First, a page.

As our world has transitioned from an industrial age to an information age, data has become a very valuable resource since it is the raw material used to produce information. In this perspective,
data should be as important to a business organization as any traditional asset, probably even more. In spite of this obvious fact, as well as all the recent hype regarding enterprise data asset
management, most organizations continue to be data challenged as their data grows further out of control. This begs the question, if data is such an important enterprise asset, why is it not
managed as one? Do business organizations really understand data; after all, you cannot manage what you do not understand.
Data is simply a representation of the real world business organization. A representation “stands in for” whatever it represents; it depicts or is a likeness of something. It serves to
capture the essence and account for the known or inferred properties of the real world thing. Everything in a typical business organization today is based on this data representation, from
recording and operations to predicting, planning and reporting. Fundamental to all these activities is decision making. Rarely in today’s world are business decisions made on actual
observations, but rather using this data representation. The ability to make accurate, timely decisions is essential to the survival of any organization and requires the truth: integrated, clean,
reliable, accurate, managed data. This gives an organization the strategic advantage to compete and win; it can actually make or break an organization. Getting the data right and keeping it right
is what guarantees the truth. Enterprise data asset management is all about getting and keeping the data right.
Data as an Enterprise Asset
An asset is defined as any item of economic value owned by an entity that can be measured and tracked. Assets can be physical such as cash, inventory, or property; or intangible such as patents,
copyrights or trademarks. Data clearly has an economic value to an organization because if it were destroyed, lost or stolen, there would be a significant cost. In most business organizations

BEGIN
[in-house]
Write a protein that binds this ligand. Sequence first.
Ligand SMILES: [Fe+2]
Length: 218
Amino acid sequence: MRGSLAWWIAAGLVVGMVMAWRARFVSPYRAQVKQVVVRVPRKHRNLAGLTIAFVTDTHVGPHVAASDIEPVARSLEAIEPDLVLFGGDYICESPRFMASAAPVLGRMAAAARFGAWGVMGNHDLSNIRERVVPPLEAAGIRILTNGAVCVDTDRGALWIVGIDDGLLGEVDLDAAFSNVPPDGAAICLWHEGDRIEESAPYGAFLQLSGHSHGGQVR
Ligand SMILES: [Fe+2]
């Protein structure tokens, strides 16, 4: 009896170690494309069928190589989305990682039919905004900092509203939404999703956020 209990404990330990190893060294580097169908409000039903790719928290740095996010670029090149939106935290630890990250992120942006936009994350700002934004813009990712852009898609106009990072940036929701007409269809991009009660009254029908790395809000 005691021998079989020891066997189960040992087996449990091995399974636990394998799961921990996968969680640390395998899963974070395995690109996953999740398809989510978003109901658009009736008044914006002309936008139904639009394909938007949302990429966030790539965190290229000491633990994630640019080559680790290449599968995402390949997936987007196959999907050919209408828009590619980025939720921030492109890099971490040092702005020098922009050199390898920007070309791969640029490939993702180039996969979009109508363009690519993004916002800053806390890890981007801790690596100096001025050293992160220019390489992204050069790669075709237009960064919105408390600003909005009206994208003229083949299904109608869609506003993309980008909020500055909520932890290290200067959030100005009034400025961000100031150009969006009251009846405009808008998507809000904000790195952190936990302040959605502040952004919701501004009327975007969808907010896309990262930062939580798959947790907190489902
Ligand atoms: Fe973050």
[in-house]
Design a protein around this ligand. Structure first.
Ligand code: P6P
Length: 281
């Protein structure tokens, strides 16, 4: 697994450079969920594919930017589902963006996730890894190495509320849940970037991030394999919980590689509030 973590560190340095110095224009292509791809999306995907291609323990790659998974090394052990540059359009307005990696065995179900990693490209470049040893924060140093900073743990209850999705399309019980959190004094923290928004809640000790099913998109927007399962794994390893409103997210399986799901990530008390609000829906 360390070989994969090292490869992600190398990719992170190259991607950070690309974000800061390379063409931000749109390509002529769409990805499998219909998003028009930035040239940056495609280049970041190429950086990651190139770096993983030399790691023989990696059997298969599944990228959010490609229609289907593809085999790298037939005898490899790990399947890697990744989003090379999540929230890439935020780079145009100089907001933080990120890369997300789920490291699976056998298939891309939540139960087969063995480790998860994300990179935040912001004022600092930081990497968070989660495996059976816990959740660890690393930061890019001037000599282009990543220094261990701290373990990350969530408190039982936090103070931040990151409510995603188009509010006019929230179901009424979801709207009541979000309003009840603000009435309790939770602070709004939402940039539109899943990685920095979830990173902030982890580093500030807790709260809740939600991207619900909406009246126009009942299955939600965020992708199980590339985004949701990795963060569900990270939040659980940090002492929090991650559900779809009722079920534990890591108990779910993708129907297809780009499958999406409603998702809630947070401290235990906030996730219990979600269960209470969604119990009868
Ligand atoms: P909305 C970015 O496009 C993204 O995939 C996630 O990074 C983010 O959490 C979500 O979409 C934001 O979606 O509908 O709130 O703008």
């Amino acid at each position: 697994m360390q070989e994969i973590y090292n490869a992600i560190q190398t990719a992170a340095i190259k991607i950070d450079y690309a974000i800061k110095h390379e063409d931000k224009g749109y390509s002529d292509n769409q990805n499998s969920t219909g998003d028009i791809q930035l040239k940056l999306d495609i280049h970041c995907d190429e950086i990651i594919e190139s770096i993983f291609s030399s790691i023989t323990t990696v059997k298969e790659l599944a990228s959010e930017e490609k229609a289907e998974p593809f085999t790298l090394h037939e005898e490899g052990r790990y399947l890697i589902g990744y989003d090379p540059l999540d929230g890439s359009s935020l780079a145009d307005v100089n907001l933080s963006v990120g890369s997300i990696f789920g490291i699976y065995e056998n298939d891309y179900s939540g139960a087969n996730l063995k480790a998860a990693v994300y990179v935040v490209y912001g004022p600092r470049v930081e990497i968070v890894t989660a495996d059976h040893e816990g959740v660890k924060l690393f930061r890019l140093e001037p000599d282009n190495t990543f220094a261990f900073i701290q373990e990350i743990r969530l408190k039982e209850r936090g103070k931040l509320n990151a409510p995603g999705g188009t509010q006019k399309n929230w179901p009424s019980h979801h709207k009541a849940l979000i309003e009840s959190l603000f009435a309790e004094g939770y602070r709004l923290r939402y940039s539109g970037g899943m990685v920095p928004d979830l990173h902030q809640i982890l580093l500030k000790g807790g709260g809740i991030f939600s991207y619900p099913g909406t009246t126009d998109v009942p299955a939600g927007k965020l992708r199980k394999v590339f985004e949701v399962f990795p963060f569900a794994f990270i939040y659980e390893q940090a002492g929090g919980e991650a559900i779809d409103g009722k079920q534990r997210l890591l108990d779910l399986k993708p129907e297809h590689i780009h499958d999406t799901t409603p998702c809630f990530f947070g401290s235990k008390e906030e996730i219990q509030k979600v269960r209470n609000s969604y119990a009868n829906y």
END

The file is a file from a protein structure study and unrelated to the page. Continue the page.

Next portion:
today, data has become as critical in the creation of products and services as equipment and materials; data can sometimes be a product itself.
Data assets differ from the typical business assets in several ways. Data is not depleted when used; it can actually grow as it moves through an organization. The physical location of the data
asset is not as important because technology provides a virtual environment. Regulations, laws, and taxes typically assigned to other types of assets present much more of a challenge to assign to
data assets. This is mainly due to the elusive nature of the value of data, as its value depends on situations, content, human competencies, and time. Downsizing in regards to physical assets is
often seen as a good cost-cutting method, but that is rarely the case for data assets. In spite of these differences, data assets still need to be tracked, measured and accounted for in much the
same manner as the traditional physical assets. What is not tracked and measured cannot be managed.
The majority of what’s written today about how to treat data as an enterprise asset gets twisted into a tools or technology sales pitch. Many of these methods start with the existing broken
data, overlooking the most essential step – getting the data right in the first place. If the data was never right in the first place, then all the asset management methodologies in the world
cannot make it right. Since data is used as a representation of the business organization in order to track, manage, and predict it, an accurate representation is absolutely necessary in order to
begin to treat data as an important enterprise asset. The entire organization is dependent on a correct representation, as every single function within the organization, including enterprise data
asset management, hinges on this.
The Foundation – The Enterprise Data Blueprint
If it is critical to get the data “right” in order to manage it as a valuable enterprise asset, then the first step in any enterprise data asset management initiative is to have a
clear, correct understanding or picture of the business organization – a data blueprint representing the real world organization. Without this data blueprint, how would you ever know if your
data is right and by what criteria would you judge? It is very similar to the architectural blueprint used to build and maintain any physical structure or building, where everything is evaluated
against this plan. The data blueprint or map of the organization needs to represent one single version of the truth, not any one specific view or functional usage of data. It must represent the